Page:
The Right Approach: Leadership 101—The Law of Influence

Good leadership always makes a difference; unfortunately, so does bad leadership.

This leadership truth continues as we will be talking about the second of the 21 Irrefutable Laws of Leadership[1]: the law of influence.

The true measure of leadership is influence, nothing more, nothing less.

This simple truth is the most powerful trait a great leader can have: the ability to influence others. People often equate education to leadership, and that you need to be really book-smart to become a great leader. Nothing could be further from the truth, as these facts indicate:

  • More than 50% of all CEOs of Fortune 500 companies had C or C- averages in college
  • 65% of all U.S. senators came from the bottom half of their school classes
  • 75% of U.S. presidents were in the lower-half club in school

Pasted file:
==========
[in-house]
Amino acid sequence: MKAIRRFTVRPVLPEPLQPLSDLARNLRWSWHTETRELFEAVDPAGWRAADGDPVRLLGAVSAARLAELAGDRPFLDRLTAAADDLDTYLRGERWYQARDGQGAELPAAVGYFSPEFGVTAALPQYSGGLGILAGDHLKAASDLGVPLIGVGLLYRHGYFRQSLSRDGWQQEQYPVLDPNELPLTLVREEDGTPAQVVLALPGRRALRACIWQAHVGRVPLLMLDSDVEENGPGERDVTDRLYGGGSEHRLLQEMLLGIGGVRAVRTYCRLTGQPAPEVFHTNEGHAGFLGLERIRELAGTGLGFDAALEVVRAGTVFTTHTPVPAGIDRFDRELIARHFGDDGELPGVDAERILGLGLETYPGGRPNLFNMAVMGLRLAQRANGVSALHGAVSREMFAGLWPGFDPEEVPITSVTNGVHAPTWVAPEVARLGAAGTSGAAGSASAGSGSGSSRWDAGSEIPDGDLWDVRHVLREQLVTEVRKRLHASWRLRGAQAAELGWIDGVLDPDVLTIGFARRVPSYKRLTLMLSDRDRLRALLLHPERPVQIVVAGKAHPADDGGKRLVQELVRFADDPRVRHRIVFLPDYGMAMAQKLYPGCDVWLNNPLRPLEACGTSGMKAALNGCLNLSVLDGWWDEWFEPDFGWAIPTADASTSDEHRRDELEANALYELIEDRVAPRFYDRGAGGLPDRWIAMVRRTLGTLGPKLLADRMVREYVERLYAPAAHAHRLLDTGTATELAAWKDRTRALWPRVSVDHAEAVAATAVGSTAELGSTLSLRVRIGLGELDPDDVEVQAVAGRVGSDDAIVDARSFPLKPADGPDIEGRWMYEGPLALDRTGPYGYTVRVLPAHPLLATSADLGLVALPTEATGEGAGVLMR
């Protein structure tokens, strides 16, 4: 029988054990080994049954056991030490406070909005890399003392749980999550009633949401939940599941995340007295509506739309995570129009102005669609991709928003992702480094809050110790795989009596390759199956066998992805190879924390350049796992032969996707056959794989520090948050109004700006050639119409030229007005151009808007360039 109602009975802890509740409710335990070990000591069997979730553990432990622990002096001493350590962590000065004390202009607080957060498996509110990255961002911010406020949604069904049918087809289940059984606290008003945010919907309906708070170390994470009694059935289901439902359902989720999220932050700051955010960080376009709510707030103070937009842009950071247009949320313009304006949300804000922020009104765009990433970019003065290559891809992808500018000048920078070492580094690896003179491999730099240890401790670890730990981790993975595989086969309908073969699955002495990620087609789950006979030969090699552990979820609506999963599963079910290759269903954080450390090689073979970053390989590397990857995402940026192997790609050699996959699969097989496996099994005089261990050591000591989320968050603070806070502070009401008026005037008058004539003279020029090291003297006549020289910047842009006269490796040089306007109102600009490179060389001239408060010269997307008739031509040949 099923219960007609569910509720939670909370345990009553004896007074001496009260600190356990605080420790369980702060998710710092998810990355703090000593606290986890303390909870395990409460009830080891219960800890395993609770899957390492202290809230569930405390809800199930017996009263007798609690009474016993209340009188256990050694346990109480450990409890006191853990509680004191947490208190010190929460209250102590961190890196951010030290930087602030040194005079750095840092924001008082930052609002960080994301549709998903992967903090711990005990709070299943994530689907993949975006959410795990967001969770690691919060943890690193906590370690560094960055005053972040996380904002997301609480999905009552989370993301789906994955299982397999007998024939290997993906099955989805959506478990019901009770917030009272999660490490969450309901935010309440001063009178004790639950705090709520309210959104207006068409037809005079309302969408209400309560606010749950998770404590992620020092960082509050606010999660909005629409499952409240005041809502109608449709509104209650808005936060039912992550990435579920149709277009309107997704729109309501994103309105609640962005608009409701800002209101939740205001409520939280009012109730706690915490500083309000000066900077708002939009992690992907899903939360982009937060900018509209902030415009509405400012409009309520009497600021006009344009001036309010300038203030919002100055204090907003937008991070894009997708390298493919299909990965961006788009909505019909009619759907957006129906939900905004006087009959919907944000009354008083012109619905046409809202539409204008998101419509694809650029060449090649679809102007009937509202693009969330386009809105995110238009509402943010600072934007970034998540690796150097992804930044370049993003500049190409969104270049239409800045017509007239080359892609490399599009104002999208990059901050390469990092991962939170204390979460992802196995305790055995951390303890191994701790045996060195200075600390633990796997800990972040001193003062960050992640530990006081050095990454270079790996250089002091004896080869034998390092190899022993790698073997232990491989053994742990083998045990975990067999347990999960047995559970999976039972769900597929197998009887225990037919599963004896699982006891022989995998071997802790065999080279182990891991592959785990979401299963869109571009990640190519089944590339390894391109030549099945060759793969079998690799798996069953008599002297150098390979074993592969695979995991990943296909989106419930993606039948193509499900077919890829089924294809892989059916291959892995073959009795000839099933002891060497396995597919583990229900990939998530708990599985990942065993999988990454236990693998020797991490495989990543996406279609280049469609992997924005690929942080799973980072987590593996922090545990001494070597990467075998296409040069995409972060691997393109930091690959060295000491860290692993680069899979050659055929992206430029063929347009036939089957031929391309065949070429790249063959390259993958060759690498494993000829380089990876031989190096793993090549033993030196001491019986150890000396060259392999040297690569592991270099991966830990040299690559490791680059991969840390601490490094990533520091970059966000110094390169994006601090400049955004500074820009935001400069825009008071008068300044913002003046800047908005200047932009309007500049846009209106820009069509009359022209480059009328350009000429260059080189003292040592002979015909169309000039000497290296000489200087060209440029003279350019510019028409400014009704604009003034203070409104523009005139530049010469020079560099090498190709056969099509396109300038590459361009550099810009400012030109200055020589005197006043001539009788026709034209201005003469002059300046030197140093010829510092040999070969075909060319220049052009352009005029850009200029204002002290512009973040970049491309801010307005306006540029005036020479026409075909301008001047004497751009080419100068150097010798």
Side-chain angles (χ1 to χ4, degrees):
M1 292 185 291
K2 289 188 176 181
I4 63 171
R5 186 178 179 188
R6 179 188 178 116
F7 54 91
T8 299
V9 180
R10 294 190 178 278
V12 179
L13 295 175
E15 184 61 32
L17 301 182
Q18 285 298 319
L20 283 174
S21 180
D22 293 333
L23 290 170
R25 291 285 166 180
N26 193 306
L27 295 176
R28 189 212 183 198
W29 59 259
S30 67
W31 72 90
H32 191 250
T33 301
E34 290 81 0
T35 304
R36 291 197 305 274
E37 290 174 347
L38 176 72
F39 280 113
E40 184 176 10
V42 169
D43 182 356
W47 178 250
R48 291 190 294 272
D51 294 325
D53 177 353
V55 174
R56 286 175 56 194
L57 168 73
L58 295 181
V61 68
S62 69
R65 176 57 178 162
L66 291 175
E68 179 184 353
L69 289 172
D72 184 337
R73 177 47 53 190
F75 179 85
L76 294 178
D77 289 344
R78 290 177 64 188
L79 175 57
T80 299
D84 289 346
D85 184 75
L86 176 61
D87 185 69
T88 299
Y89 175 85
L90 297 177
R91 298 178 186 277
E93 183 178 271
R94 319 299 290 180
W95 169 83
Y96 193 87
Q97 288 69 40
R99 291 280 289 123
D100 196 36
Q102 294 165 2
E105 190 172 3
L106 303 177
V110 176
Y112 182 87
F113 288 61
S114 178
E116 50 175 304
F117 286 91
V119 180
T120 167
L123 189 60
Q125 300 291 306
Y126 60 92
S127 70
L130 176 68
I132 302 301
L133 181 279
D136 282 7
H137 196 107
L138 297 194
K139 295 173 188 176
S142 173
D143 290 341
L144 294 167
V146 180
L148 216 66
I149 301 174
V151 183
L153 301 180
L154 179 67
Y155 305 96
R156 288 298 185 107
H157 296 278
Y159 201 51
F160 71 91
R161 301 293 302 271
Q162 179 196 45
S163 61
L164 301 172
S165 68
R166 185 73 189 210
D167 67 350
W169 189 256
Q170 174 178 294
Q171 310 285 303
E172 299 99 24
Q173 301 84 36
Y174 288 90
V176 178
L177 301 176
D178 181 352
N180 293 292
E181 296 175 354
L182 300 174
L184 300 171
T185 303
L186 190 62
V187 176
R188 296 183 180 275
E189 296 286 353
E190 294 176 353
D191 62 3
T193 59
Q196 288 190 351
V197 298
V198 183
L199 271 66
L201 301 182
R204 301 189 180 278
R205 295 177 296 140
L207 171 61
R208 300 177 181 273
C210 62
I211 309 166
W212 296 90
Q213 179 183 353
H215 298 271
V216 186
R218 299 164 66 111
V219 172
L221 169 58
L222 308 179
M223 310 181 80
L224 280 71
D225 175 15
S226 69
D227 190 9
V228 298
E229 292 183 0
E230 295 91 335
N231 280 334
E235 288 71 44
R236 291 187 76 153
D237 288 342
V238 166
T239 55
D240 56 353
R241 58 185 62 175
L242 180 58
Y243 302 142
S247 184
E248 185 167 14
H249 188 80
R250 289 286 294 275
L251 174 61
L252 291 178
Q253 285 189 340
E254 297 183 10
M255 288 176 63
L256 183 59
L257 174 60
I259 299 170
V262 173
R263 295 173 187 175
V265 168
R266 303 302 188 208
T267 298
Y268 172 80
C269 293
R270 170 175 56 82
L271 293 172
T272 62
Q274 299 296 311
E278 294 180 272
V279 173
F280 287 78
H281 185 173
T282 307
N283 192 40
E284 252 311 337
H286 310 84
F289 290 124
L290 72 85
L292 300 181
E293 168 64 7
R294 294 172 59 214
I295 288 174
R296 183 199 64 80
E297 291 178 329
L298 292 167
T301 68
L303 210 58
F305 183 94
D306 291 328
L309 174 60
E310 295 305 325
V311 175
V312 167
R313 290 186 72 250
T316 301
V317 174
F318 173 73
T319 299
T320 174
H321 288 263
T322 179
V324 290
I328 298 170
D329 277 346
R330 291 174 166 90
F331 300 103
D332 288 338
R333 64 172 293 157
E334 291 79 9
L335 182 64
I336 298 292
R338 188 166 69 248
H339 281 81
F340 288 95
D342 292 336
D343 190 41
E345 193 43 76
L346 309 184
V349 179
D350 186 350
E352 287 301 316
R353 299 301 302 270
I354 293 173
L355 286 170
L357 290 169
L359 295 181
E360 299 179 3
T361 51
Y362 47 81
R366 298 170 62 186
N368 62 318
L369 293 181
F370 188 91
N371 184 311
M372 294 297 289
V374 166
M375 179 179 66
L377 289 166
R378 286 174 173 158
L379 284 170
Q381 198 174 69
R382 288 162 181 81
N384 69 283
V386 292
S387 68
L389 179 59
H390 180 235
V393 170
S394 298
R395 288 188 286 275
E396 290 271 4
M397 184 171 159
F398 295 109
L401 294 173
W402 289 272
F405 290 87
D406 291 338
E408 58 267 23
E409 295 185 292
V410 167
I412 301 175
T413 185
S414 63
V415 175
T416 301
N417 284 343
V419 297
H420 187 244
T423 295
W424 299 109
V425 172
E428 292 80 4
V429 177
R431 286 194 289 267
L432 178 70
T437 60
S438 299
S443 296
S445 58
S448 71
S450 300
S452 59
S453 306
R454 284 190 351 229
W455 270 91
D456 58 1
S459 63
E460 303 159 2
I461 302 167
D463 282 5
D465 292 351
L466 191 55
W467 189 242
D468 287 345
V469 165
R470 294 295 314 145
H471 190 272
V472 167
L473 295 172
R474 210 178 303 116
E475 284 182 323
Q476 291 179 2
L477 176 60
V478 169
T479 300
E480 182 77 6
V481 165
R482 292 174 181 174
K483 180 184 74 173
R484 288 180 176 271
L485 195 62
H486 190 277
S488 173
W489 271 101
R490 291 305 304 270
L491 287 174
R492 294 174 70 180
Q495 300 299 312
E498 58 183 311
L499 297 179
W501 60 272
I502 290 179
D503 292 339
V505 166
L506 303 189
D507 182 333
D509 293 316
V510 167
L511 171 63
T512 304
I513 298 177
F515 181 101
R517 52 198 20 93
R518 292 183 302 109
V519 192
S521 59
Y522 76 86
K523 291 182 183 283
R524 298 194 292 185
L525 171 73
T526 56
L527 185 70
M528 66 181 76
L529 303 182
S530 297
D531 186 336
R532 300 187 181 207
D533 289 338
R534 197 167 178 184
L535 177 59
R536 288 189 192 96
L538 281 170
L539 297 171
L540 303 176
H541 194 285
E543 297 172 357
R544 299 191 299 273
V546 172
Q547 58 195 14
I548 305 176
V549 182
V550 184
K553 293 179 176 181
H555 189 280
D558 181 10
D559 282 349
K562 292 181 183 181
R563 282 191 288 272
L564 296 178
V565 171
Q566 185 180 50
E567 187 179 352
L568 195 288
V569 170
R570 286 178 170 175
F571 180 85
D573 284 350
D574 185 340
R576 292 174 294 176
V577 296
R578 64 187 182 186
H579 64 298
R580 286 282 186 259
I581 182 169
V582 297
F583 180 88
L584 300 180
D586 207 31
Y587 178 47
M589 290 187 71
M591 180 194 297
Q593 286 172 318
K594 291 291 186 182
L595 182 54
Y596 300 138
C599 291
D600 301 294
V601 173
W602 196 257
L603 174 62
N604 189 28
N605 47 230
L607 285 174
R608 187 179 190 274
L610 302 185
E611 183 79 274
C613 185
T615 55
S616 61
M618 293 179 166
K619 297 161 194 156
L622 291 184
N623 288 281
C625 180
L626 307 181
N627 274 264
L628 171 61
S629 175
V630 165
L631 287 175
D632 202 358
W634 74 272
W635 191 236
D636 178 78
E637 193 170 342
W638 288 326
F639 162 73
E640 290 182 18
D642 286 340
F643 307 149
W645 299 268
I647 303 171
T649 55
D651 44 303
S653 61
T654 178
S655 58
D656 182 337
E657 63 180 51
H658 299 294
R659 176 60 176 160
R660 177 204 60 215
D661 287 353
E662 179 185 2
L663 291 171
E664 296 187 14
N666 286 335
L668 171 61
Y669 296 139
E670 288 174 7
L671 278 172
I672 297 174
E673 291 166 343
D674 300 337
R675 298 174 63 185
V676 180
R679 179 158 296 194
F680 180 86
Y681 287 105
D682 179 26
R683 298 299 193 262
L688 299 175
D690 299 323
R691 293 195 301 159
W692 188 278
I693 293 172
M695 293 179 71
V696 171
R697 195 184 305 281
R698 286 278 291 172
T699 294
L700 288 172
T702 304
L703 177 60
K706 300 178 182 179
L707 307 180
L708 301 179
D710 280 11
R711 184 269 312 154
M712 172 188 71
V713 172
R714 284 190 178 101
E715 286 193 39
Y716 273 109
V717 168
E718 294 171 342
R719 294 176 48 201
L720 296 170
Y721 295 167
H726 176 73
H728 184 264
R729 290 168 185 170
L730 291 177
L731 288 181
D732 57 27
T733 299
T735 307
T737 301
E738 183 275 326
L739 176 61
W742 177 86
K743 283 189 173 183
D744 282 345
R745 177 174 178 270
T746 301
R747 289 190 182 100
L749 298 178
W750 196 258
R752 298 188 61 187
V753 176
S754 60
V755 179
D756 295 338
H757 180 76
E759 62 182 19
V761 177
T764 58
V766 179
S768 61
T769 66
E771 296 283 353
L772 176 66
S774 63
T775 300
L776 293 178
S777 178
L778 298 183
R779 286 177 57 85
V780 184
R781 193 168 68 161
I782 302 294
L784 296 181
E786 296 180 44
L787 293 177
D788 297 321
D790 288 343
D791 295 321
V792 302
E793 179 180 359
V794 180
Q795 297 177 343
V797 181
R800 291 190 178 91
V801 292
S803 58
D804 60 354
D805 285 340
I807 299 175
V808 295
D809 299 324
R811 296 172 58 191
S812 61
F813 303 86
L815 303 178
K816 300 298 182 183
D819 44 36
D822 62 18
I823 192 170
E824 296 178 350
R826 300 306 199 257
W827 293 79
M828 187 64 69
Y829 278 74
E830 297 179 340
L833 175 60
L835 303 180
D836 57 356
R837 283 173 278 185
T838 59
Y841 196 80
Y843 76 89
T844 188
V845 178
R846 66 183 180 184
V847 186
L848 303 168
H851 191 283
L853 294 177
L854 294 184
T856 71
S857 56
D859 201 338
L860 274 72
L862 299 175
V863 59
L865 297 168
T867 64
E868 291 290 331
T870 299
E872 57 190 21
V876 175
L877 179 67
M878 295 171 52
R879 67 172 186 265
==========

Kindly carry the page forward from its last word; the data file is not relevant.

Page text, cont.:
• More than 50% of millionaire entrepreneurs never finished college

Now this is not to diminish the value of higher education or say that great leaders are not smart; quite the opposite. But great leaders and entrepreneurs tend to fall on the creative side and become bored easily with the mundane, such as sitting in classrooms, and spending hours upon hours doing homework. They feel their time is better spent on higher-level thinking and doing, and in some cases feel that they know more than the professors (which they normally do!).


Servant Leadership